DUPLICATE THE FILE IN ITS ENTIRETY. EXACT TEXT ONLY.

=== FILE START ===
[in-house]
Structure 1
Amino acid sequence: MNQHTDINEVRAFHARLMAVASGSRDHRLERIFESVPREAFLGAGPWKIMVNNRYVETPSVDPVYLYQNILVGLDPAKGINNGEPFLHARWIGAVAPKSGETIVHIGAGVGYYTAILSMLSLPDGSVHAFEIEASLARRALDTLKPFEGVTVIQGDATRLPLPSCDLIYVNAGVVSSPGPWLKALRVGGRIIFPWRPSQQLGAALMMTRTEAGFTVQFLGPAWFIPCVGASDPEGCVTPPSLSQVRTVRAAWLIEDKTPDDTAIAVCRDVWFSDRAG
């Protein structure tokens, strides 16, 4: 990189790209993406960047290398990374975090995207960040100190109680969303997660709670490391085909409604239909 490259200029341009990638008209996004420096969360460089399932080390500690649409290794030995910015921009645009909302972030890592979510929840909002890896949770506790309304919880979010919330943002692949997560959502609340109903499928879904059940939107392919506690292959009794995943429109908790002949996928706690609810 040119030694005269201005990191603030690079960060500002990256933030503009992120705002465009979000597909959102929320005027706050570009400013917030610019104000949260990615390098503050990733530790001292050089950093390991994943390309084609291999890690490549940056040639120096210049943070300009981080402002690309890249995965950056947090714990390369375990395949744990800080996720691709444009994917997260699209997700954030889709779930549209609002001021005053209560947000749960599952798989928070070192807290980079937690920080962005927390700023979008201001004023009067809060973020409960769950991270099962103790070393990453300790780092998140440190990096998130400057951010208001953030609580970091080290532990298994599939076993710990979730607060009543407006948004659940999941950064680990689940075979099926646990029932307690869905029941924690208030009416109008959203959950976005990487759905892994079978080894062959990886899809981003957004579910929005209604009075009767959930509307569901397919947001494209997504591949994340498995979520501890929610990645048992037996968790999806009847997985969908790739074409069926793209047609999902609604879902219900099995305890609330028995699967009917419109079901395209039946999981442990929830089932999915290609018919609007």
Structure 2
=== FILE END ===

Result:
[in-house]
Structure 1
Amino acid sequence: MNQHTDINEVRAFHARLMAVASGSRDHRLERIFESVPREAFLGAGPWKIMVNNRYVETPSVDPVYLYQNILVGLDPAKGINNGEPFLHARWIGAVAPKSGETIVHIGAGVGYYTAILSMLSLPDGSVHAFEIEASLARRALDTLKPFEGVTVIQGDATRLPLPSCDLIYVNAGVVSSPGPWLKALRVGGRIIFPWRPSQQLGAALMMTRTEAGFTVQFLGPAWFIPCVGASDPEGCVTPPSLSQVRTVRAAWLIEDKTPDDTAIAVCRDVWFSDRAG
């Protein structure tokens, strides 16, 4: 990189790209993406960047290398990374975090995207960040100190109680969303997660709670490391085909409604239909 490259200029341009990638008209996004420096969360460089399932080390500690649409290794030995910015921009645009909302972030890592979510929840909002890896949770506790309304919880979010919330943002692949997560959502609340109903499928879904059940939107392919506690292959009794995943429109908790002949996928706690609810 040119030694005269201005990191603030690079960060500002990256933030503009992120705002465009979000597909959102929320005027706050570009400013917030610019104000949260990615390098503050990733530790001292050089950093390991994943390309084609291999890690490549940056040639120096210049943070300009981080402002690309890249995965950056947090714990390369375990395949744990800080996720691709444009994917997260699209997700954030889709779930549209609002001021005053209560947000749960599952798989928070070192807290980079937690920080962005927390700023979008201001004023009067809060973020409960769950991270099962103790070393990453300790780092998140440190990096998130400057951010208001953030609580970091080290532990298994599939076993710990979730607060009543407006948004659940999941950064680990689940075979099926646990029932307690869905029941924690208030009416109008959203959950976005990487759905892994079978080894062959990886899809981003957004579910929005209604009075009767959930509307569901397919947001494209997504591949994340498995979520501890929610990645048992037996968790999806009847997985969908790739074409069926793209047609999902609604879902219900099995305890609330028995699967009917419109079901395209039946999981442990929830089932999915290609018919609007």
Structure 2